The move to mandatory sustainability disclosure and reporting

11/02/2022 Sustainability disclosure and reporting standards aim to foster transparency of banks’ environmental, societal and governance (ESG) risks, opportunities and impacts. Disclosures seek to explain the implications of ESG matters on banks’ business performance and risks, enhance portfolio transparency and overall exposure for external stakeholders, and describe how ESG is managed.

Yet while a lack of standardisation was previously a cause for slow progress, Mazars Responsible Banking Benchmark Study 2021 suggests methodologies and tools used to disclose and report on sustainability are beginning to show alignment. This trend is mainly supported by local regulatory developments which progressively require mandatory sustainability disclosures at legal operating entity and product level.

Alignment with sustainability disclosure regulations

Some 92% of banks reviewed now make disclosures that align with the recommendations from the Task Force on Climate-Related Financial Disclosures (TCFD), compared to 76% last year. Notably, the fact that several governments are making TCFD reporting mandatory is having an impact. Indeed, UK, Brazilian as well as Australian Banks will have to comply with the TCFD framework by 2025 at the latest. Also, North American banks are performing well in disclosure as reporting under TCFD is anticipated to become mandatory in the near future. In May 2021, the Monetary Authority of Singapore issued a detailed implementation guide for climate-related disclosures by financial institutions, which sets out best practices aligned with the TCFD recommendations.

In Europe, the Sustainable Finance Disclosure Regulation (SFDR) entered into force in March 2021 and requires financial services firms to report on their sustainability governance, policies and impacts at entity level, as well as on sustainability-related products, regardless of whether they align or not with the EU Taxonomy Regulation. The actual application of these rules will materialise by 2023 and we therefore expect that EU Banks will further lead the way on sustainability-related disclosure in our next benchmark study. 

Voluntary standards retain relevance

While we expect these developments on mandatory reporting to reduce the discrepancies between banks on their ESG reporting, voluntary sustainability reporting standards remain relevant2. For example, the Partnership for Carbon Accounting Financials (PCAF) standards are used by 43% of banks for disclosing greenhouse gas emissions (GHG) associated with their loans and investments. Also, 59% of banks use Sustainability Accounting Standards Board (SASB) disclosure measures, compared to 32% last year. In addition, CDP and Global Reporting Initiative (GRI) standards remain largely used by banks around the world.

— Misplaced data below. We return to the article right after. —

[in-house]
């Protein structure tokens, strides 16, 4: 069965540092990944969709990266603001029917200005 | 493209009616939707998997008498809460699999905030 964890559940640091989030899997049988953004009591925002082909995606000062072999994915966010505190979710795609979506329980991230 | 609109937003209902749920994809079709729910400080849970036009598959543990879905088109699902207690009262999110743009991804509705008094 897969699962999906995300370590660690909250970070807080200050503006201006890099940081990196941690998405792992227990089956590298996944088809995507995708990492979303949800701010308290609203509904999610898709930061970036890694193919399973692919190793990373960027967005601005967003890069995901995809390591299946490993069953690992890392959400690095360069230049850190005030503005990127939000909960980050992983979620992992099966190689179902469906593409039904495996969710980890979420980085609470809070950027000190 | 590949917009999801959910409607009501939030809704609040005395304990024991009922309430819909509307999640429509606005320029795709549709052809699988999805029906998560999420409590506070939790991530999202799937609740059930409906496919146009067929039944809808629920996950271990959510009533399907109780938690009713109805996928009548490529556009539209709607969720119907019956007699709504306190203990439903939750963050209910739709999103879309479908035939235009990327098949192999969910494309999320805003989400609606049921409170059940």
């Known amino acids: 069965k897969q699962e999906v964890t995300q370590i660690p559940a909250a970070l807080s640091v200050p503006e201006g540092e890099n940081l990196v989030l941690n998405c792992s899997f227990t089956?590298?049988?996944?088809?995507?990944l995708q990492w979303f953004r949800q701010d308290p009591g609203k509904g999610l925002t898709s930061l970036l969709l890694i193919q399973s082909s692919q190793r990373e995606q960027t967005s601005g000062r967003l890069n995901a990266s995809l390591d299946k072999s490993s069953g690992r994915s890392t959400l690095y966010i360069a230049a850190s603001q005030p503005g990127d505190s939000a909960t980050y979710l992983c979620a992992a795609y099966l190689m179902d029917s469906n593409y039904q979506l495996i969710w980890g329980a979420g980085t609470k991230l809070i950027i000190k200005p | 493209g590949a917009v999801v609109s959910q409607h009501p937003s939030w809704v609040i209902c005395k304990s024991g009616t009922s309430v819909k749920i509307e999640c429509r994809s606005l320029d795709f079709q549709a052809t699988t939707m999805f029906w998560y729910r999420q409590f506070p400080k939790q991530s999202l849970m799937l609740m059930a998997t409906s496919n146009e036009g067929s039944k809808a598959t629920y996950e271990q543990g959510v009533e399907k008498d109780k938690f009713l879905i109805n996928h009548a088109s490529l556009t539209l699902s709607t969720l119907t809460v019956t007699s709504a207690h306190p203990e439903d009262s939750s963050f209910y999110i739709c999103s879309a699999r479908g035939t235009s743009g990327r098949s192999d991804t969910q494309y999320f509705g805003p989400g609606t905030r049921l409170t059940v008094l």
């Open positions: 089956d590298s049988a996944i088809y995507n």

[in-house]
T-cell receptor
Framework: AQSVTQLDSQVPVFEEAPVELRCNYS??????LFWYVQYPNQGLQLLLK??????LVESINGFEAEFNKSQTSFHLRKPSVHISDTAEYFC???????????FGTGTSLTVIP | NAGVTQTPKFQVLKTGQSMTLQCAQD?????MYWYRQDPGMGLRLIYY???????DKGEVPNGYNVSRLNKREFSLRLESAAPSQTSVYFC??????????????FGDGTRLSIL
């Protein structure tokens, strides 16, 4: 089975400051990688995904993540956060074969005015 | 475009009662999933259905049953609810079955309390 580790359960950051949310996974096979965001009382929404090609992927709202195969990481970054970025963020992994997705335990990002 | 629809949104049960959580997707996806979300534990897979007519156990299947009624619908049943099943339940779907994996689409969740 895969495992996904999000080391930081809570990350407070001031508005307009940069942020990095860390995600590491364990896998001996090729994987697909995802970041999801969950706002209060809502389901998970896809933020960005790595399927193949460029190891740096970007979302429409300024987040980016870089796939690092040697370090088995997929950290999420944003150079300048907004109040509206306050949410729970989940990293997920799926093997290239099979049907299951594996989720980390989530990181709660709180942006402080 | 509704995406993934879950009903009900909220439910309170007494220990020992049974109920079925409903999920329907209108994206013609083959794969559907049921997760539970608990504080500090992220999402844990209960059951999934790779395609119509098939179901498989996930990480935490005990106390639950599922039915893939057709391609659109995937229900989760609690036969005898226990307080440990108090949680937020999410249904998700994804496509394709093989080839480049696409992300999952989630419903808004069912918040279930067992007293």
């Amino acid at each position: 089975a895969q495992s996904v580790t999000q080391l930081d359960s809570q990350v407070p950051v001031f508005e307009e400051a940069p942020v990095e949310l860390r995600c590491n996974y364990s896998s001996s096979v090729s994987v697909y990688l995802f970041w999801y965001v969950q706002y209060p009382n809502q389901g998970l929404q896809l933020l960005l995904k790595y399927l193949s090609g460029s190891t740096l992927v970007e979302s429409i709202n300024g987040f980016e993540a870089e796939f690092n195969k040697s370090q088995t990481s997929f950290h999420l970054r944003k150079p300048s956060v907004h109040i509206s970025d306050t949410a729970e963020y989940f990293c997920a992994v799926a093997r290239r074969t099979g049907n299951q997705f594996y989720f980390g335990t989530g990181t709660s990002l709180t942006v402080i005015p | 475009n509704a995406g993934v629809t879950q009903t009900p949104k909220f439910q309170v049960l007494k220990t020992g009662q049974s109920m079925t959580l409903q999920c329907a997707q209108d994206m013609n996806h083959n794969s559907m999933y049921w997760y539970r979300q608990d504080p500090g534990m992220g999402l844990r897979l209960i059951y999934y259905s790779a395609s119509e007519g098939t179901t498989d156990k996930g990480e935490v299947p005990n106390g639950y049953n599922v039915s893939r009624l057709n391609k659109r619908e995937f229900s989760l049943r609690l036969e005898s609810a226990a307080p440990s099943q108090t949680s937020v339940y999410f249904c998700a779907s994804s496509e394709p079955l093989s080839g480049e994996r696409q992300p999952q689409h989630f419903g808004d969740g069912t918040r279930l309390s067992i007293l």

Different metrics and tools used

Regarding metrics and tools used, financed emissions metrics are disclosed by 62% of banks, but methodologies differ, with 57% of those banks reporting on physical emissions and 52% referring to total GHG emissions. In addition, only 13% of banks currently use the Weighted Average Carbon Intensity (WACI) metric, which measures a portfolio’s exposure to carbon-intensive companies by revenue and has been applied to financial markets as the leading metric to assess the carbon exposure for a company or portfolio. Some 38% of banks reviewed still use no financed emissions metrics or do not disclose such information.

Engaging with leading industry and academic groups on common approaches can help tackle the challenge of reporting on climate change risk. Plus, implementing metrics and targets that combine generally accepted indicators specific to the bank’s business model can improve disclosure quality. Monitoring should include evaluating performance against climate objectives set, measuring Scope 1, 2 and 3 emissions, assessing energy consumption and other governance, social and environmental impacts.

As we move forward, banks should now evaluate their financed emissions in a more thorough and robust manner, focusing on their main income-generating activities and medium to high carbon-intensive portfolios and not only expand their sustainability reporting in line with regulations, but also with voluntary standards such as TCFD or PCAF.

1 The Mazars benchmark assesses the sustainability practices of a sample of 37 banks. We have focused our analysis on banks based in Africa, the Americas, Asia-Pacific and Europe. The banks selected are the largest in their respective geographies by total assets.

2 Based on 2021 GRI reporting made